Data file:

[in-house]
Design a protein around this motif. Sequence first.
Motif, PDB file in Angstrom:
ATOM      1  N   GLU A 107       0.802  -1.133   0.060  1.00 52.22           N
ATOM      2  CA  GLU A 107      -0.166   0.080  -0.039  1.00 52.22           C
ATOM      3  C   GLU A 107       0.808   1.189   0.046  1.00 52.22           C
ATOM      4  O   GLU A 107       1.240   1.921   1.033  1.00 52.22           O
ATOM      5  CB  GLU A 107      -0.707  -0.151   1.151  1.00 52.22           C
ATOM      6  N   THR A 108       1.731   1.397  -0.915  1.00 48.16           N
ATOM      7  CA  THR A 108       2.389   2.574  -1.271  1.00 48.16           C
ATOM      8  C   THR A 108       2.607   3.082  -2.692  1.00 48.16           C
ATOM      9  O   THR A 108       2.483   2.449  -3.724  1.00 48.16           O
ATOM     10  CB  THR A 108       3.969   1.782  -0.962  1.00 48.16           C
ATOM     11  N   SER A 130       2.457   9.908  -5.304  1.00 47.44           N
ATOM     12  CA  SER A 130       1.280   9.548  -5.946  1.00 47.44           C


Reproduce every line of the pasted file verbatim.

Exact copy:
[in-house]
Design a protein around this motif. Sequence first.
Motif, PDB file in Angstrom:
ATOM      1  N   GLU A 107       0.802  -1.133   0.060  1.00 52.22           N
ATOM      2  CA  GLU A 107      -0.166   0.080  -0.039  1.00 52.22           C
ATOM      3  C   GLU A 107       0.808   1.189   0.046  1.00 52.22           C
ATOM      4  O   GLU A 107       1.240   1.921   1.033  1.00 52.22           O
ATOM      5  CB  GLU A 107      -0.707  -0.151   1.151  1.00 52.22           C
ATOM      6  N   THR A 108       1.731   1.397  -0.915  1.00 48.16           N
ATOM      7  CA  THR A 108       2.389   2.574  -1.271  1.00 48.16           C
ATOM      8  C   THR A 108       2.607   3.082  -2.692  1.00 48.16           C
ATOM      9  O   THR A 108       2.483   2.449  -3.724  1.00 48.16           O
ATOM     10  CB  THR A 108       3.969   1.782  -0.962  1.00 48.16           C
ATOM     11  N   SER A 130       2.457   9.908  -5.304  1.00 47.44           N
ATOM     12  CA  SER A 130       1.280   9.548  -5.946  1.00 47.44           C